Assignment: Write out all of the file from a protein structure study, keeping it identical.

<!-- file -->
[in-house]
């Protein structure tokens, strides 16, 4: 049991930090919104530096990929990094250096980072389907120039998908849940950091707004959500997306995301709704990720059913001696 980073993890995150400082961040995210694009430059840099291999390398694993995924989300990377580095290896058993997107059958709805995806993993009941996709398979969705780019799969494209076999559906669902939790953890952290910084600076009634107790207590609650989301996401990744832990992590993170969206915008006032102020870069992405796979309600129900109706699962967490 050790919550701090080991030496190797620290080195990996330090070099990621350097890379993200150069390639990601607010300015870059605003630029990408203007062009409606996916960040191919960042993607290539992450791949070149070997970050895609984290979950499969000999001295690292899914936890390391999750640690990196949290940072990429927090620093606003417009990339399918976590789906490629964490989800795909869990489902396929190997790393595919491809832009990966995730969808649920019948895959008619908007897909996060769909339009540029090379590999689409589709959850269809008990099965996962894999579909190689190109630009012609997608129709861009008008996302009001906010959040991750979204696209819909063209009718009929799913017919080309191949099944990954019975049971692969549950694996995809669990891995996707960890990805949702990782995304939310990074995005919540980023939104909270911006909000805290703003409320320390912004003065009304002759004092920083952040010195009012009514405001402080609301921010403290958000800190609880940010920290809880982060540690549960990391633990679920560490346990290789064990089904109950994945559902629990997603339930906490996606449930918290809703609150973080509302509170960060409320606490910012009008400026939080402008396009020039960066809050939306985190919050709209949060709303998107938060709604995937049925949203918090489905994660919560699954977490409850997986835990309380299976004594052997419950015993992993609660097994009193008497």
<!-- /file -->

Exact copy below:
[in-house]
């Protein structure tokens, strides 16, 4: 049991930090919104530096990929990094250096980072389907120039998908849940950091707004959500997306995301709704990720059913001696 980073993890995150400082961040995210694009430059840099291999390398694993995924989300990377580095290896058993997107059958709805995806993993009941996709398979969705780019799969494209076999559906669902939790953890952290910084600076009634107790207590609650989301996401990744832990992590993170969206915008006032102020870069992405796979309600129900109706699962967490 050790919550701090080991030496190797620290080195990996330090070099990621350097890379993200150069390639990601607010300015870059605003630029990408203007062009409606996916960040191919960042993607290539992450791949070149070997970050895609984290979950499969000999001295690292899914936890390391999750640690990196949290940072990429927090620093606003417009990339399918976590789906490629964490989800795909869990489902396929190997790393595919491809832009990966995730969808649920019948895959008619908007897909996060769909339009540029090379590999689409589709959850269809008990099965996962894999579909190689190109630009012609997608129709861009008008996302009001906010959040991750979204696209819909063209009718009929799913017919080309191949099944990954019975049971692969549950694996995809669990891995996707960890990805949702990782995304939310990074995005919540980023939104909270911006909000805290703003409320320390912004003065009304002759004092920083952040010195009012009514405001402080609301921010403290958000800190609880940010920290809880982060540690549960990391633990679920560490346990290789064990089904109950994945559902629990997603339930906490996606449930918290809703609150973080509302509170960060409320606490910012009008400026939080402008396009020039960066809050939306985190919050709209949060709303998107938060709604995937049925949203918090489905994660919560699954977490409850997986835990309380299976004594052997419950015993992993609660097994009193008497």